Key features of the UK's White Paper on gambling
The UK Government has released its White Paper on gambling legislation today, with affordability and online safety making up a number of the proposals that could come into force as early as summer 2024.
First of all, operators will be expected to enforce stricter financial checks on individual customers.
The first of these checks will be triggered by a proposed £125 ($155) net loss within a month or £500 net loss within a year, with the strictest checks kicking in at £1,000 net loss a day or £2,000 net loss within 90 days.
A stake limit may also be introduced for online slot games, with the proposed amount being between £2 and £15.
Further limitations would be introduced to the 18-24-year-old age bracket, with £2 per stake as a possibility.
There will also be an assessment of how the game speeds and certain features may compound the risks of online slots.
However, there will also be a change to how many machines casinos can offer, with the upper limit being raised to 80 from the previous 20.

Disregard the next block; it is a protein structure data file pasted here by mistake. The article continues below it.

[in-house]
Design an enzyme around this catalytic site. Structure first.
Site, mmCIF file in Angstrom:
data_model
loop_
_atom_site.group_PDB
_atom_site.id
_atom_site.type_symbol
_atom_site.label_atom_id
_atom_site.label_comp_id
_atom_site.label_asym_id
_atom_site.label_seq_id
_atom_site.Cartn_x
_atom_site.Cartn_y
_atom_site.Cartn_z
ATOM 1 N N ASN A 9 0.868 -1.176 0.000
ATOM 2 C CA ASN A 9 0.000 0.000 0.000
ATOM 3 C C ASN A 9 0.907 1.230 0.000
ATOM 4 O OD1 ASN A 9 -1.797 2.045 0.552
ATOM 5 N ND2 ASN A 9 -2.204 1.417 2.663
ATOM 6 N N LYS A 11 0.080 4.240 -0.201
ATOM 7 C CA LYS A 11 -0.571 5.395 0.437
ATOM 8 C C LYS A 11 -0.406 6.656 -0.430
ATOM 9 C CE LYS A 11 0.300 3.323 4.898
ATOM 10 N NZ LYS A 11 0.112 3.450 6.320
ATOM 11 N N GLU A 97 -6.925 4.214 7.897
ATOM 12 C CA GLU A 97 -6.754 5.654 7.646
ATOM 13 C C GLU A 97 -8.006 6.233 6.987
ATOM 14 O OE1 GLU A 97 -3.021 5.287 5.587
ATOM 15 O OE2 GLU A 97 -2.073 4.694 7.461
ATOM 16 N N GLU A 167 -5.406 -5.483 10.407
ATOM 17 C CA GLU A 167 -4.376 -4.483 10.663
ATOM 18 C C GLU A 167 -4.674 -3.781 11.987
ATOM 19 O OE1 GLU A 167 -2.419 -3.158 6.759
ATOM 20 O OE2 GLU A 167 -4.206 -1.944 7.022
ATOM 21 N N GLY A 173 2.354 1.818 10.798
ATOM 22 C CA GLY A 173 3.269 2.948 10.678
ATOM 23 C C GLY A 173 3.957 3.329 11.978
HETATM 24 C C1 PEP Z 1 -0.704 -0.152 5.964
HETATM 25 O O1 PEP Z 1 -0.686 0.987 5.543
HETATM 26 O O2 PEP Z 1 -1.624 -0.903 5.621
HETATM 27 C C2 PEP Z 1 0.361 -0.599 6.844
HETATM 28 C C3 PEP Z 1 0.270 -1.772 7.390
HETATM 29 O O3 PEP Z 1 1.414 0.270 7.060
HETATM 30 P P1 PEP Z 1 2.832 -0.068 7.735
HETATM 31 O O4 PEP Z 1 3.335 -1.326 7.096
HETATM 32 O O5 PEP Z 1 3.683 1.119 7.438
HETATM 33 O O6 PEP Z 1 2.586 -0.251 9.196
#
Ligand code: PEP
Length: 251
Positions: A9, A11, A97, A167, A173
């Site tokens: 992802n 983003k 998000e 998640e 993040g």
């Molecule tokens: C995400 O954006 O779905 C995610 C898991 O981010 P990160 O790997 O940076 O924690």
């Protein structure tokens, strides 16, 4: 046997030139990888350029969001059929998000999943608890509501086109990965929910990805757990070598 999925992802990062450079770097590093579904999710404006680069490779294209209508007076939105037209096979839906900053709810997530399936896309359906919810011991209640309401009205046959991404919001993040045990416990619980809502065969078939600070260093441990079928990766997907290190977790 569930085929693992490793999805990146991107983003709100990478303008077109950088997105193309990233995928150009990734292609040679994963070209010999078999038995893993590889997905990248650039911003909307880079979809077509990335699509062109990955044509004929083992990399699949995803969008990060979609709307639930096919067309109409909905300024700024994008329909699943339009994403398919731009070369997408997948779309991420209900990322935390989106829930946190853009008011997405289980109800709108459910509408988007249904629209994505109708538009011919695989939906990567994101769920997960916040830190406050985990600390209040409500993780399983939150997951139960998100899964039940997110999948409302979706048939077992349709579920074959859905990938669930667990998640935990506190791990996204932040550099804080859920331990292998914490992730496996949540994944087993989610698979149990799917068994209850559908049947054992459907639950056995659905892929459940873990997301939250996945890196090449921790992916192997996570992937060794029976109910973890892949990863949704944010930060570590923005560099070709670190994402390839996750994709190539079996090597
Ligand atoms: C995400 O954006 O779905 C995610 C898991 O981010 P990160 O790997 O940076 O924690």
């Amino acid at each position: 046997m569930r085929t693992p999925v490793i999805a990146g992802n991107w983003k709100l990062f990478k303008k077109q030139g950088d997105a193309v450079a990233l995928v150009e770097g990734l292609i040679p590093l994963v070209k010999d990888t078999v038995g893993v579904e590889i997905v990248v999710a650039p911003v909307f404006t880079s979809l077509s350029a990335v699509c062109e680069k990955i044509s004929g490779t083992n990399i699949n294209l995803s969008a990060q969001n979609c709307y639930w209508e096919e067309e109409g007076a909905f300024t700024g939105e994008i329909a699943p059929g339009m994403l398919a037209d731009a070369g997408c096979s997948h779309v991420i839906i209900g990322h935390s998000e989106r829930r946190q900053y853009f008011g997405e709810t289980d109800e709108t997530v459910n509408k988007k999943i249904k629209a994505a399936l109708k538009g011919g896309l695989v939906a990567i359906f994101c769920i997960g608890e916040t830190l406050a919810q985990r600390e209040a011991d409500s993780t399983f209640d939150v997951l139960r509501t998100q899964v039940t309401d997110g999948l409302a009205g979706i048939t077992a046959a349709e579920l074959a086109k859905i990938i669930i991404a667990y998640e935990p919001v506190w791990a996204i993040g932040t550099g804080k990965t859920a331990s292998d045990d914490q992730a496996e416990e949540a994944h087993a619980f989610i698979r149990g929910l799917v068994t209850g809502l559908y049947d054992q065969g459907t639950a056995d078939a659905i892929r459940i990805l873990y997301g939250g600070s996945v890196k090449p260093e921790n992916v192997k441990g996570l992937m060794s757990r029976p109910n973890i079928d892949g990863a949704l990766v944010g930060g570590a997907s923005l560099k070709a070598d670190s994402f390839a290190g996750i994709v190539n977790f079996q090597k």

Sports betting may also be legalised in all casinos as part of the paper, as opposed to the select casinos that were licensed under the 2005 Act.
The ratio of machines could also be changed with the 80/20 machine rule being relaxed.
Under the proposed legislation, there could be a 50/50 split between low and medium-maximum stake machines.
Operators will also be expected to share data on high-risk customers with one another, as well as make changes to how they market bonuses and free bets to reduce social harm.
Despite many operators already partaking in voluntary levies, the White Paper proposes a statutory levy to be paid directly to the Gambling Commission to support treatment, education and research into gambling harms.
This will be separate from the proposed Horserace Betting Levy, which would be used to maintain funding across the horse racing industry.
Meanwhile, a new gambling ombudsman could be introduced to tackle disputes over customer losses due to social responsibility failures on the operator's part.
Additional proposals tackle player-centric tools, education, changes to cashless payment, premises licence fees and reducing the risk to those under 18.